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A group of Cork students became the first in Ireland to combine Motorsport and STEM education subjects when they took part in the new Go Girls karting initiative.

Girls from Ballincollig Community School and Christ King Girls Secondary School, learned about the science behind Motorsport before getting behind the wheel themselves last week at Kartworld, part of Adventure Park in Watergrasshill.

It was the first ever staging of the Go Girls Karting initiative, which is run by Motorsport Ireland and Formula Female and will ultimately provide over 1,000 girls aged 13-16 from all over Ireland with similar sporting and educational experiences.

At Watergrasshill, the students completed interactive workshops which aligned practical STEM (Science, Technology, Engineering & Mathematics) subjects with Motorsport. This included building a data logger to analyse kart performance, which they could really relate to once they saw the data live, as well as changing tyres and recording tyre temperatures and pressures.

Organisers said that the girls got most competitive during the pitstop challenge, with Ballincollig setting the benchmark time for other schools to beat at 54.45 seconds on day one, only for Christ King to set a new pitstop challenge record of 45 seconds the next day.

Speaking afterwards, a lot of the students expressed surprise about the amount of science and Maths which goes into preparing and running a kart. Many of them said they were now keen to do the computer science module available to them in fourth year.

One student said : “It was really informative. I enjoyed seeing the science behind karting and the different statistics about women in Motorsport. It was a great day.”

Another said: “I enjoyed learning that there are a lot of areas in Motorsport other than driving. The Maths was the most surprising because I didn’t realise there was so much Maths involved in Motorsport. I found the engineering part (building the data logger) very interesting and informing. I learned that there are so many different career opportunities to do with STEM.”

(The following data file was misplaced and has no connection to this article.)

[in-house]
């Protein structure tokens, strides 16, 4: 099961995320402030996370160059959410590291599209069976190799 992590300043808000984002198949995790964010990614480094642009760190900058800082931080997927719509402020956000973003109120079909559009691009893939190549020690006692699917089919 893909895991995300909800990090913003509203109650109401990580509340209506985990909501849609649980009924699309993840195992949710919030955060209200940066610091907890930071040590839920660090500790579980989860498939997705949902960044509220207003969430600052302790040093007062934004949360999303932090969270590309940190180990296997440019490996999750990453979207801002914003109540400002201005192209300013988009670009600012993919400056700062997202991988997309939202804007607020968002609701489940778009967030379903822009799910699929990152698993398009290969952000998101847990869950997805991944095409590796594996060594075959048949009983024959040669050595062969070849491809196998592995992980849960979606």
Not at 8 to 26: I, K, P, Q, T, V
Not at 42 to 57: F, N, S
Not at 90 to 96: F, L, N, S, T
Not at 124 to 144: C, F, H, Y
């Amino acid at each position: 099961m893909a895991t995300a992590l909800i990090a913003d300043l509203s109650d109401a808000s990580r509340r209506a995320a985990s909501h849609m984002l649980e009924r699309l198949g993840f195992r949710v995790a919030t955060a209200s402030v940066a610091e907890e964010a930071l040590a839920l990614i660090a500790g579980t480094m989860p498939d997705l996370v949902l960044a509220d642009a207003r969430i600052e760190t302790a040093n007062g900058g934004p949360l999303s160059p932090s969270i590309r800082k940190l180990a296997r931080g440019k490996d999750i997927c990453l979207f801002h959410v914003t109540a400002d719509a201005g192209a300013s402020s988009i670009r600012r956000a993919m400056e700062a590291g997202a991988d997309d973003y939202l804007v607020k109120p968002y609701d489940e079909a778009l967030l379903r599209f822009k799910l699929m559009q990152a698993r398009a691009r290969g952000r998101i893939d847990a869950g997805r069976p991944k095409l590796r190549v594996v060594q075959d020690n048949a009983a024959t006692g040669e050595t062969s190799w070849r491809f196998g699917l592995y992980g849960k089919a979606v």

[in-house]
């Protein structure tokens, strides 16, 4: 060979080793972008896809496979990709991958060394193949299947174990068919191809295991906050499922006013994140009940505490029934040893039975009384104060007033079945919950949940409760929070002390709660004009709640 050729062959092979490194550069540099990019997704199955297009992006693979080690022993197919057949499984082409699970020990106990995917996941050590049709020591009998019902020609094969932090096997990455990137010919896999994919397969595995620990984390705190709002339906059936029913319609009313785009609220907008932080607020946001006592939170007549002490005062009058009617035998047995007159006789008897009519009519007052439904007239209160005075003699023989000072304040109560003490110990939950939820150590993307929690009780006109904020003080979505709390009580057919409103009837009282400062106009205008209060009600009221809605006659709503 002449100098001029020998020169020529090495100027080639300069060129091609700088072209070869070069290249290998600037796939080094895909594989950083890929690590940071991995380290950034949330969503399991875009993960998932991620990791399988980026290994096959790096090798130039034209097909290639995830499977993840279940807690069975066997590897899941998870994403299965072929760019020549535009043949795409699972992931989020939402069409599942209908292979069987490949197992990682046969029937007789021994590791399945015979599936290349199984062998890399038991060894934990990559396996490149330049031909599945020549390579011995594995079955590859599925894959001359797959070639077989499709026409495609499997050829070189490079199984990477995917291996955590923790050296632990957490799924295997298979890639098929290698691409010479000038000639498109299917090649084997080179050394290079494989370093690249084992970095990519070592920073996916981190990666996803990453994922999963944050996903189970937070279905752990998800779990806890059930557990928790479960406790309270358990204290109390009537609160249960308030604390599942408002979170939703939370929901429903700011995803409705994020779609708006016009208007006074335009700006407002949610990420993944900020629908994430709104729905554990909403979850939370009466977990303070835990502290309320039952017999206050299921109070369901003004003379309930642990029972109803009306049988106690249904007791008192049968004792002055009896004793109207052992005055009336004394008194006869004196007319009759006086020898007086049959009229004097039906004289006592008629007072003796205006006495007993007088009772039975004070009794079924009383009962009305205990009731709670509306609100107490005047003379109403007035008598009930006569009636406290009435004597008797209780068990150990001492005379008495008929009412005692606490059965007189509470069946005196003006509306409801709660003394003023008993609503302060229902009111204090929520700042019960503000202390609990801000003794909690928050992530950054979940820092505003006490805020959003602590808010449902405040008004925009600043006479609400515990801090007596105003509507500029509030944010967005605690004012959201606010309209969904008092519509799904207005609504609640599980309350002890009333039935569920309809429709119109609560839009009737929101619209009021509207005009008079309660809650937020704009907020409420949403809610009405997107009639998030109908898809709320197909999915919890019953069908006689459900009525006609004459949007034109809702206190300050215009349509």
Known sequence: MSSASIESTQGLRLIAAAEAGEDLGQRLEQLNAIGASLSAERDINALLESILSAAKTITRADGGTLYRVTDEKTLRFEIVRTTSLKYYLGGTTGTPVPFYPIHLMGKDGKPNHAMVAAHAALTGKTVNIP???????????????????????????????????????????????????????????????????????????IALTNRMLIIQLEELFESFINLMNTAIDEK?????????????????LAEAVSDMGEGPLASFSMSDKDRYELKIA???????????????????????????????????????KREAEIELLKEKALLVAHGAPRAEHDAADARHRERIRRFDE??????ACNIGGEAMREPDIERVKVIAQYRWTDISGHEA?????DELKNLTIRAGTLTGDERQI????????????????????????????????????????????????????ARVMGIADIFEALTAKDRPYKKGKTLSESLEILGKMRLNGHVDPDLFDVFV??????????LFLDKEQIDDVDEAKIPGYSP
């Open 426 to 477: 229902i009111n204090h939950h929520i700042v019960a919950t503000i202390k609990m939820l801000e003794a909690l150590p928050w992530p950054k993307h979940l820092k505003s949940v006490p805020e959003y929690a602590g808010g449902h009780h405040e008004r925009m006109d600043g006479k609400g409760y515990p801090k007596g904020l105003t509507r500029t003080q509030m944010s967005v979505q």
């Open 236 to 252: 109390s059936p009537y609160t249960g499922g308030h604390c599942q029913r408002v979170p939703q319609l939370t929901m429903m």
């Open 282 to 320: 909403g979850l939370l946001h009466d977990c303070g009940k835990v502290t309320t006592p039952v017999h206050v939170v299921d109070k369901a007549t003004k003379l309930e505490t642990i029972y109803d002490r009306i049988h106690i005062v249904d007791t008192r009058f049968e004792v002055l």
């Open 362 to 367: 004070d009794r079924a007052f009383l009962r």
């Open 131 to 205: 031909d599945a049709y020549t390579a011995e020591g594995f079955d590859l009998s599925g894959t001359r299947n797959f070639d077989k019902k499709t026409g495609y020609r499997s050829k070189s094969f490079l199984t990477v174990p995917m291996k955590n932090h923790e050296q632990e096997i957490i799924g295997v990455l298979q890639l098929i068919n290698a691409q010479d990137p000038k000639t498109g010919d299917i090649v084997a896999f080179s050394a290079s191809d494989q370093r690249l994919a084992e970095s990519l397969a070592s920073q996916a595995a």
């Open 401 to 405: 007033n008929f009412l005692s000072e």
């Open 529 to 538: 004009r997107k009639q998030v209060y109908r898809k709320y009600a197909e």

One of the students attending the programme was 16-year-old Ballincollig Community School student Kayleigh Cole. The 2019 Munster champion, and holder of third place in the Irish Karting Championship, offered insight into how work done off the track was important for on-track performance, before providing an exciting demonstration of her driving skills.

After the classwork, the girls got to put into practice what they had learned in the classroom – and compete against each other and their talented classmate – during an introduction to kart driving on the track.

Go Girls is led by Ireland World Cup hockey star Nicci Daly, who has worked as a data engineer for the Indycar Team, Juncos Racing. She’s also the niece of former F1 and Indycar driver, Derek Daly.

Following the completion of the two-days, Nicci said: “The mission of Go Girls is to ‘engage, educate and empower’ females to compete in Motorsport and to promote the importance of STEM, the role it plays in the sport and possible career opportunities. It was so encouraging to see so many of the girls expressing an interest in taking up subjects like computer science which they would not have considered before.”

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